Cameroon goes strong on transgender people; convicts of ‘attempted homosexuality’

Nii Ntreh May 12, 2021
Transgender rights is off the table in most countries in Africa and even in countries with laws favorable to gay people, the cultures are not yet receptive to trans people. Photo Credit: BBC

The central African country of the Republic of Cameroon registered a new dimension in the continent’s clampdown on LGBT individuals and affiliated bodies when it convicted two transwomen of the crime of “attempted homosexuality” apart from a failure to carry identification and

The pair were arrested on February 8 due to their choice of clothing in a restaurant They are Shakiro, whose birth name is Loic Njeukam and Patricia, also known as Roland Mouthe. They were each sentenced to five-year terms and fined the local monetary value of $370.

One of their lawyers who spoke to Reuters called the court ruling a “political decision” and revealed that they intend to appeal. “It’s Yaounde (seat of government and capital city) that said these people must not bring homosexuality to Cameroon,” the lawyer said. The government is however yet to issue a statement on the ruling.

One of the two persons, Shakiro, is regarded as a social media sensation much in the same way as Nigerian socialite and transwoman Bobrisky. The latter is also targeted for threats but remains vocal about her right to be who she has set out to be.

Both Cameroon and neighboring Nigeria are among 30 countries with stern legal punishments for individuals who identify with the LGBT spectrum

Gender fluidity in Africa

Gender fluidity and gender dysphoria are taboo topics for many modern Africans and Black Americans in spite of the distance between the mother continent and the so-called New World and the differences in cultures.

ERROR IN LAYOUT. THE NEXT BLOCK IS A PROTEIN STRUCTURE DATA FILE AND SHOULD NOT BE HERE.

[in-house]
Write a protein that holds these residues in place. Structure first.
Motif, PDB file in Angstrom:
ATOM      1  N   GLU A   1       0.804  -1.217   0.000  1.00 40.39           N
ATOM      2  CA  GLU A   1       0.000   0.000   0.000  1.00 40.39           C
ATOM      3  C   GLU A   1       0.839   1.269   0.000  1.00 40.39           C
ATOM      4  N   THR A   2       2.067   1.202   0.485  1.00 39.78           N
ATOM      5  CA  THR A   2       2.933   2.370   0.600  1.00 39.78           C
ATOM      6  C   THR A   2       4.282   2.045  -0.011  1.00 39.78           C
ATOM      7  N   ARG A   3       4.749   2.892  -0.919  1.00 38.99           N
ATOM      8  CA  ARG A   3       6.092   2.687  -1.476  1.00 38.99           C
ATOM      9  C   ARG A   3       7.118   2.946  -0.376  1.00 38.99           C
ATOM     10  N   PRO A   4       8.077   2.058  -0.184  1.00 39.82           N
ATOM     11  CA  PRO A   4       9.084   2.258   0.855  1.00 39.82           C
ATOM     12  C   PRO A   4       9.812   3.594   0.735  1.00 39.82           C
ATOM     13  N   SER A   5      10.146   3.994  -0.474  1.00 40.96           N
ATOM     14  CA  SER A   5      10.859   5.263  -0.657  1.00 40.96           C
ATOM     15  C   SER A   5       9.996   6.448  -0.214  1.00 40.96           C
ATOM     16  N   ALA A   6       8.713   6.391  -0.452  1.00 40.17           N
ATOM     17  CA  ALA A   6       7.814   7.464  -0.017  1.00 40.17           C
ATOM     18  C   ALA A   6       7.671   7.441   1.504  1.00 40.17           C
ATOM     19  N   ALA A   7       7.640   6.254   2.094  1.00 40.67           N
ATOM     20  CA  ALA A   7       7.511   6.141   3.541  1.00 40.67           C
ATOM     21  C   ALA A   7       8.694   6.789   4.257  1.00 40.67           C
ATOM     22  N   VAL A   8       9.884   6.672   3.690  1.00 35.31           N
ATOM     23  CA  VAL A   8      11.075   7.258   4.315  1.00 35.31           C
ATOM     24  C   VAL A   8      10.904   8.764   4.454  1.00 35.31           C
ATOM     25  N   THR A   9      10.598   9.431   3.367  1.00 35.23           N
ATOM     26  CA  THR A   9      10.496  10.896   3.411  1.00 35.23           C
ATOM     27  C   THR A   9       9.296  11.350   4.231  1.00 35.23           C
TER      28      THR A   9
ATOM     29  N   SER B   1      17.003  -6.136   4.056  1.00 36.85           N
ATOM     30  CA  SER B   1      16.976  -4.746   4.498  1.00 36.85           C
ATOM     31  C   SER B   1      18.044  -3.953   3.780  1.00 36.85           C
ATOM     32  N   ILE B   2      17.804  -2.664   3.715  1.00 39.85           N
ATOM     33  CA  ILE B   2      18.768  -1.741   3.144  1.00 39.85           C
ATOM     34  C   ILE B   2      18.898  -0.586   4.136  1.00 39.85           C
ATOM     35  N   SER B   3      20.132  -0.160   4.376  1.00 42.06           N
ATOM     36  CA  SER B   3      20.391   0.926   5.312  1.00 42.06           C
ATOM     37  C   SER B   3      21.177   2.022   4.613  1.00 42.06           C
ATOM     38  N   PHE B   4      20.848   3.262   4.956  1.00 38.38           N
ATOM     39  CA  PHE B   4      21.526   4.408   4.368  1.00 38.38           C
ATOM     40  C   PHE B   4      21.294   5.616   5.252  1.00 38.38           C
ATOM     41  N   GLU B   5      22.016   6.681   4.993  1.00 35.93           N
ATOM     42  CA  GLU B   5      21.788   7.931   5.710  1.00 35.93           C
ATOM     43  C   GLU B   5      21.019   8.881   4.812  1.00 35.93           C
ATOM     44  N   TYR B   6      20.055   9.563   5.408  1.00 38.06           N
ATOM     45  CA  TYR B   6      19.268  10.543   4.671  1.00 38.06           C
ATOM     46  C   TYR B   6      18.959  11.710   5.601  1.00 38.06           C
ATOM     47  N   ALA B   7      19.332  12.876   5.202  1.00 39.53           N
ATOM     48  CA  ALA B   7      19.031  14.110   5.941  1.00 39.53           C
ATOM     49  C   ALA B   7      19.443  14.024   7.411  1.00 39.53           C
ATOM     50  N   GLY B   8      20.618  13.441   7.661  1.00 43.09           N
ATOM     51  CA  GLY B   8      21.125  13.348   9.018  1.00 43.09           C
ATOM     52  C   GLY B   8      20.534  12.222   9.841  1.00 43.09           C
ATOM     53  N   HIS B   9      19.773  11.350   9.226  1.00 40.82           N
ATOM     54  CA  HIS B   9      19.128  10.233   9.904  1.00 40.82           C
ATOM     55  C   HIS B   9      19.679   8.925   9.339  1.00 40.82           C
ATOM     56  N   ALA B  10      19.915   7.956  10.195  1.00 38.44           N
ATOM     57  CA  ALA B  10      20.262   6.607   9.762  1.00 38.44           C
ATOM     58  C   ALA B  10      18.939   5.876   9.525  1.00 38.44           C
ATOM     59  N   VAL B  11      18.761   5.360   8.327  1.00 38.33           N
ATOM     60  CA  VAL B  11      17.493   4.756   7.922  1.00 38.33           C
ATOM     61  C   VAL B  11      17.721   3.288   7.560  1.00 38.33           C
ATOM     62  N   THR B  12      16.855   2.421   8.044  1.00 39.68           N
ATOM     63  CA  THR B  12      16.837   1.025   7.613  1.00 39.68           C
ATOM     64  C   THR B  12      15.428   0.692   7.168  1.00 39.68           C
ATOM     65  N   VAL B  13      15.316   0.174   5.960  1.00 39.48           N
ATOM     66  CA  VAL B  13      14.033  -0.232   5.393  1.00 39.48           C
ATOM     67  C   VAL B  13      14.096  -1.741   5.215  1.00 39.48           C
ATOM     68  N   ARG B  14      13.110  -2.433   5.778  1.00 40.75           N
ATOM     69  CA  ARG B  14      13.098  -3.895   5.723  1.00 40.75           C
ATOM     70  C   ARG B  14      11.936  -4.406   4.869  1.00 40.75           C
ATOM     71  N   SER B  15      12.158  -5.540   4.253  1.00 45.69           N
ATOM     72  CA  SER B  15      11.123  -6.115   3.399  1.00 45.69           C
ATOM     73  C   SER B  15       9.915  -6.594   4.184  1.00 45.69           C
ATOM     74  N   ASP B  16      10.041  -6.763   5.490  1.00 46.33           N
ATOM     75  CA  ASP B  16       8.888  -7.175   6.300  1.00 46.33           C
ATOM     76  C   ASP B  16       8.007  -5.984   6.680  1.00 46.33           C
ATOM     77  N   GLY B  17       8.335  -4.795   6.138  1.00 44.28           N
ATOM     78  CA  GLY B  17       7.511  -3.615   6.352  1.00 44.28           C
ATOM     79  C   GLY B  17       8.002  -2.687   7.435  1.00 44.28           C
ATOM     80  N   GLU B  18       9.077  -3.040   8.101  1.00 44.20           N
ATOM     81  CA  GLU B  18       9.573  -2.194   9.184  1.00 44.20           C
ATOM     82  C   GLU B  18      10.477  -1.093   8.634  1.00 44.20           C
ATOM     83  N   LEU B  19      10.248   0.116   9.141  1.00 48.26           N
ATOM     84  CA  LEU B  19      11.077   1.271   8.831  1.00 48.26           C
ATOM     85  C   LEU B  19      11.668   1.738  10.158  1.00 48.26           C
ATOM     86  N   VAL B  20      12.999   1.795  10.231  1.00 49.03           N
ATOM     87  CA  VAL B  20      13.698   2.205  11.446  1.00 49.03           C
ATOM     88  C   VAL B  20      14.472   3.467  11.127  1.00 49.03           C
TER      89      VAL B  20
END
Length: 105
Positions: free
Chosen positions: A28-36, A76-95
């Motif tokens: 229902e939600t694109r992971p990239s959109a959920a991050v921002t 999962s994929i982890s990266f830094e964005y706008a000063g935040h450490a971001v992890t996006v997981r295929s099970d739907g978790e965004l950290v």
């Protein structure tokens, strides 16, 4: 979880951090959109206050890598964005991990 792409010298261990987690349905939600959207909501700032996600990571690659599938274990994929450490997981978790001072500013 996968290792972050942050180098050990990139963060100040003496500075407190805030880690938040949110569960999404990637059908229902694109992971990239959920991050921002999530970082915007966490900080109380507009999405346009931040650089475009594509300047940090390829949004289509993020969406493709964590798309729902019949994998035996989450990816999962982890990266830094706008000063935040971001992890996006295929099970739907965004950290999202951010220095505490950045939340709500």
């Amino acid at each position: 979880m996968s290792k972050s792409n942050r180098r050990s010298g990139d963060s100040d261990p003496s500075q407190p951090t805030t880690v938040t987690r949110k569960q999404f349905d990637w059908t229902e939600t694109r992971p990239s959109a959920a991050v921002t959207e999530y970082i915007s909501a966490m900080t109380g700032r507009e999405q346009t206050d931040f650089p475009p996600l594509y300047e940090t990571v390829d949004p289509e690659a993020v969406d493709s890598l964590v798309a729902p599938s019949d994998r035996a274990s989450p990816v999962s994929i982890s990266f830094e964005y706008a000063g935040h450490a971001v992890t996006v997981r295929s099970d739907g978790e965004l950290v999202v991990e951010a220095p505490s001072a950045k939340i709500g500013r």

Behavioral scientists and biologists have lent their voice to the scientific bases of these facts of life yet, it is easy to spot opposition to the realities from people coming from the above-named communities. The opposition goes to the extent of pushing parents and community members to the point of abusing others who are gender fluid and gender dysphoric.

It has to be said that the opposition to those two states of life proceeds from a general Black American and African rejection of LGBT humanity. America’s Black people are less likely than whites to accept LGBT humanity while the hostility towards gay people in many parts of Africa borders on the deadly. The Christian religion has been blamed for this attitude toward queer people since both Africans and African-Americans report high levels of Christian religiosity.

That notwithstanding, science of human sexuality is still very much an area in development. So much about about our sexual natures remain a mystery to us. But we do seem to appreciate commonsense realism – the fact that queer people exist and their nature is not less human.

Evidence shows that some African peoples have known some of these mysteries of human sexuality before colonialism.

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